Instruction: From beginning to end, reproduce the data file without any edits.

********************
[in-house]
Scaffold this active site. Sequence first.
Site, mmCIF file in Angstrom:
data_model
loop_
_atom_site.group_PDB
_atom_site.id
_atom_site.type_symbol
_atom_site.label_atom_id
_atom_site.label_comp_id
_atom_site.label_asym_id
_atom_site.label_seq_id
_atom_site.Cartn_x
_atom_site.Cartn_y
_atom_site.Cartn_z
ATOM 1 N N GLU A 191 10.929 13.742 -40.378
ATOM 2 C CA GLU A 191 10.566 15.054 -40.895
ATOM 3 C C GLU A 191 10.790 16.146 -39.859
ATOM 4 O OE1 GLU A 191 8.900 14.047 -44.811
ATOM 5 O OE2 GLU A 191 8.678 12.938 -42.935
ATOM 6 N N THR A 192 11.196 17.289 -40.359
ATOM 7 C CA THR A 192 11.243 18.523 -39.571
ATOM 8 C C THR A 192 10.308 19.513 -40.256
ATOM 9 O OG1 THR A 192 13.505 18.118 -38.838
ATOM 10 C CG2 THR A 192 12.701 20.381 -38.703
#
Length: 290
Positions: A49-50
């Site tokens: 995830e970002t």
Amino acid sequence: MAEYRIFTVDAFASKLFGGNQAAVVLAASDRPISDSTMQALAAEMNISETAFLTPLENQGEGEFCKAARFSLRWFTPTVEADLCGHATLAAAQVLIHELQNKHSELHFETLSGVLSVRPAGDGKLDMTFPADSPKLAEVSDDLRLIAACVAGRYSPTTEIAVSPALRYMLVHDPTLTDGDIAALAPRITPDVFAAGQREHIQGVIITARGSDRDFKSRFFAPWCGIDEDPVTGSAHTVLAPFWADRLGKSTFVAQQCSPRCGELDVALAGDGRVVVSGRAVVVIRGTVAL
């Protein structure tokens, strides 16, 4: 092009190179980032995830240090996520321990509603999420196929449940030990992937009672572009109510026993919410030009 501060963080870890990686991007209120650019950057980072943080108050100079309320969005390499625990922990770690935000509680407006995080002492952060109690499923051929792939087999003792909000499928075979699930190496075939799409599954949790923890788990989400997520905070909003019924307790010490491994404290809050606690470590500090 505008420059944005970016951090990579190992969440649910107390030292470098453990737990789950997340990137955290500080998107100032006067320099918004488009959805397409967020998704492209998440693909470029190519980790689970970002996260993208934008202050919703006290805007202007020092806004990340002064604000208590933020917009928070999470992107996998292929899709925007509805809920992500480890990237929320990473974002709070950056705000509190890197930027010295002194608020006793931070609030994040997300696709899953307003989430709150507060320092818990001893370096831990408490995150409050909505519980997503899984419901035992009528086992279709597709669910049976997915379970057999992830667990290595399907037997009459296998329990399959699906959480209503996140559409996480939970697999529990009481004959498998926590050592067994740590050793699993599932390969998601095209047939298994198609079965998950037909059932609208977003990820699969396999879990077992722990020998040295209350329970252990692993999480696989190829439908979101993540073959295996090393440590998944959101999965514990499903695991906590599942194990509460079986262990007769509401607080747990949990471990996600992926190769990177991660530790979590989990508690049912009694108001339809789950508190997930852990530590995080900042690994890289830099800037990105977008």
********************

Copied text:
[in-house]
Scaffold this active site. Sequence first.
Site, mmCIF file in Angstrom:
data_model
loop_
_atom_site.group_PDB
_atom_site.id
_atom_site.type_symbol
_atom_site.label_atom_id
_atom_site.label_comp_id
_atom_site.label_asym_id
_atom_site.label_seq_id
_atom_site.Cartn_x
_atom_site.Cartn_y
_atom_site.Cartn_z
ATOM 1 N N GLU A 191 10.929 13.742 -40.378
ATOM 2 C CA GLU A 191 10.566 15.054 -40.895
ATOM 3 C C GLU A 191 10.790 16.146 -39.859
ATOM 4 O OE1 GLU A 191 8.900 14.047 -44.811
ATOM 5 O OE2 GLU A 191 8.678 12.938 -42.935
ATOM 6 N N THR A 192 11.196 17.289 -40.359
ATOM 7 C CA THR A 192 11.243 18.523 -39.571
ATOM 8 C C THR A 192 10.308 19.513 -40.256
ATOM 9 O OG1 THR A 192 13.505 18.118 -38.838
ATOM 10 C CG2 THR A 192 12.701 20.381 -38.703
#
Length: 290
Positions: A49-50
């Site tokens: 995830e970002t």
Amino acid sequence: MAEYRIFTVDAFASKLFGGNQAAVVLAASDRPISDSTMQALAAEMNISETAFLTPLENQGEGEFCKAARFSLRWFTPTVEADLCGHATLAAAQVLIHELQNKHSELHFETLSGVLSVRPAGDGKLDMTFPADSPKLAEVSDDLRLIAACVAGRYSPTTEIAVSPALRYMLVHDPTLTDGDIAALAPRITPDVFAAGQREHIQGVIITARGSDRDFKSRFFAPWCGIDEDPVTGSAHTVLAPFWADRLGKSTFVAQQCSPRCGELDVALAGDGRVVVSGRAVVVIRGTVAL
């Protein structure tokens, strides 16, 4: 092009190179980032995830240090996520321990509603999420196929449940030990992937009672572009109510026993919410030009 501060963080870890990686991007209120650019950057980072943080108050100079309320969005390499625990922990770690935000509680407006995080002492952060109690499923051929792939087999003792909000499928075979699930190496075939799409599954949790923890788990989400997520905070909003019924307790010490491994404290809050606690470590500090 505008420059944005970016951090990579190992969440649910107390030292470098453990737990789950997340990137955290500080998107100032006067320099918004488009959805397409967020998704492209998440693909470029190519980790689970970002996260993208934008202050919703006290805007202007020092806004990340002064604000208590933020917009928070999470992107996998292929899709925007509805809920992500480890990237929320990473974002709070950056705000509190890197930027010295002194608020006793931070609030994040997300696709899953307003989430709150507060320092818990001893370096831990408490995150409050909505519980997503899984419901035992009528086992279709597709669910049976997915379970057999992830667990290595399907037997009459296998329990399959699906959480209503996140559409996480939970697999529990009481004959498998926590050592067994740590050793699993599932390969998601095209047939298994198609079965998950037909059932609208977003990820699969396999879990077992722990020998040295209350329970252990692993999480696989190829439908979101993540073959295996090393440590998944959101999965514990499903695991906590599942194990509460079986262990007769509401607080747990949990471990996600992926190769990177991660530790979590989990508690049912009694108001339809789950508190997930852990530590995080900042690994890289830099800037990105977008």